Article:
Edith M. Wallace, 1918. Photo ID AHS10.1-6
|In the News
In the Fly Room
|Photo ID EMW1.5-2
Edith Wallace (1881-1964) came to Columbia in 1908 to work for Thomas Hunt Morgan in the laboratory known as the Fly Room. She later accompanied him to California to work with him at Caltech, from where she retired in 1944. A native New Englander, Wallace graduated from Mt. Holyoke College in 1903 and received a master's degree in biology at Clark University. She taught at colleges in Ohio and Maine before signing on with Morgan.
A number of Wallace's original drawings have survived in the papers of Morgan and of his student, A. H. Sturtevant, including the well-known color illustration of a pair of wild-type flies that served as frontispiece to Sturtevant and George Beadle's An Introduction to Genetics (W. B. Saunders, 1939). The recent acquisition of drawings, almost all in black ink on ivory artist's board, vastly increases the number of originals now in the Archives' collections. The drawings date from both before and after Morgan moved his laboratory to Caltech.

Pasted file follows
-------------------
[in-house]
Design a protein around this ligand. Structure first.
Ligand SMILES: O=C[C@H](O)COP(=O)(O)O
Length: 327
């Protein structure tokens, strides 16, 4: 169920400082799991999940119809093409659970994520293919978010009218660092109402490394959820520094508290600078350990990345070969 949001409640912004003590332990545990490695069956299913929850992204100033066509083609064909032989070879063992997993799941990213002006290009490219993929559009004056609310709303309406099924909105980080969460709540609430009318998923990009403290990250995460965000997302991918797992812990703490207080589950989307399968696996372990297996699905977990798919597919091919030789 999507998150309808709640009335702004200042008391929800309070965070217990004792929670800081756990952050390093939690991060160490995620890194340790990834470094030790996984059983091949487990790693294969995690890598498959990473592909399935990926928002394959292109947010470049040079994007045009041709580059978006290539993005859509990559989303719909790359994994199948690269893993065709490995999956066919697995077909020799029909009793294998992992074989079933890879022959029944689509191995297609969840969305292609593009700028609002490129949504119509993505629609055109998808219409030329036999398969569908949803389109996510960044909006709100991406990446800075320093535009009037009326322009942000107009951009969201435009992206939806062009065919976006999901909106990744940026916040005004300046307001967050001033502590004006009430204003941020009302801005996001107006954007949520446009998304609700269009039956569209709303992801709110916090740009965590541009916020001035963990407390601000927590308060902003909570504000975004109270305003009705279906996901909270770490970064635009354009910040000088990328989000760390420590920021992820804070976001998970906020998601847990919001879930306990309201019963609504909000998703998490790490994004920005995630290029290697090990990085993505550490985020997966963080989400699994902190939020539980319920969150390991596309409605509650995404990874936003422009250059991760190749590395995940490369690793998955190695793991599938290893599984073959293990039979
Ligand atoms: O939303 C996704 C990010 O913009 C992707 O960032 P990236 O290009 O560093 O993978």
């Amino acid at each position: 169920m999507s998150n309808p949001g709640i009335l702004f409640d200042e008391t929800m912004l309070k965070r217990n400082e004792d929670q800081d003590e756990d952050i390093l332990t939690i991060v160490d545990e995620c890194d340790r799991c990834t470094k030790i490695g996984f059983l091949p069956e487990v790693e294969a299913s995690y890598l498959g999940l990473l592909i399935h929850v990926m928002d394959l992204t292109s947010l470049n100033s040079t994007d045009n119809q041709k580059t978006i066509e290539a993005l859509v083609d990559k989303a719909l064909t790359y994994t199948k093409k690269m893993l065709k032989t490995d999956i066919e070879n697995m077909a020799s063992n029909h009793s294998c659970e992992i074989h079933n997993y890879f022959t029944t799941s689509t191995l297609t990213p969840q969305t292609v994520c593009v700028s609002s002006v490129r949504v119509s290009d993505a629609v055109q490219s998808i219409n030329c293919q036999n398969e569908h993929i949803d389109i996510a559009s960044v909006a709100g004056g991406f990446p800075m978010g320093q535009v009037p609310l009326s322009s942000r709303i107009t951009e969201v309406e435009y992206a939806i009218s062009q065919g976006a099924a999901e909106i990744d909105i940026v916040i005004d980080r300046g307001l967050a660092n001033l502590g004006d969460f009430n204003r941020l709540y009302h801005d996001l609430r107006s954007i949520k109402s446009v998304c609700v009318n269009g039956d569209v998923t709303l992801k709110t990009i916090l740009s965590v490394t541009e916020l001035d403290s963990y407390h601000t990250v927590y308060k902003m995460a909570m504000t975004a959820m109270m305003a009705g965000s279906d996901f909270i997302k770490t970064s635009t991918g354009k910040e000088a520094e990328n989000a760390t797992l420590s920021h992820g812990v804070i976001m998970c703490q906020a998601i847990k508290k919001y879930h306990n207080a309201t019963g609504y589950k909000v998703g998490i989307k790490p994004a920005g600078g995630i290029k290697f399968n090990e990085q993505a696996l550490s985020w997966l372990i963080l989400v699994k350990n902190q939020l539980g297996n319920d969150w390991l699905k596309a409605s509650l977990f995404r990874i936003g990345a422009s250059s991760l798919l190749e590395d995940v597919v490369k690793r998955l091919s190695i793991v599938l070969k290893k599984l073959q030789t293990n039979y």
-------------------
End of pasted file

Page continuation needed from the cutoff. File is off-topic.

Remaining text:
Shown above: Drawing showing aristapedia, or the mutation of antennae (aristae) into leg-like structures. Dated by Wallace 1938, with initials CBB (Calvin B. Bridges). Photo ID EMW1.10-1
Michael Ashburner, Professor of Biology at Cambridge University, chose recently to return the Edith Wallace drawings to Caltech. They had been sent in the 1960s by Caltech's Professor Edward B. Lewis to Dan Lindsley (who passed them to Ashburner) for inclusion in the Red Book (The Genome of Drosophila Melanogaster, 1992; first edition 1968). Lindsley (Caltech PhD, 1952) and Lewis were both students of A. H. Sturtevant and thus genuine progeny of the Morgan school.
Wallace's fly drawings not only incorporate an extraordinary level of detail, but they are usually carefully dated and annotated to indicate the type and source of a mutation, the gender of the fly, and often the name of the geneticist for whom the drawing was made.
Shown right: Drosophila mutation named bithorax. The thorax has an enlarged middle section from which wing-like structures protrude. This drawing reproduced in the Red Book, p. 94. Mutation first discovered by Calvin Bridges in 1915. Photo ID EMW1.2-1.
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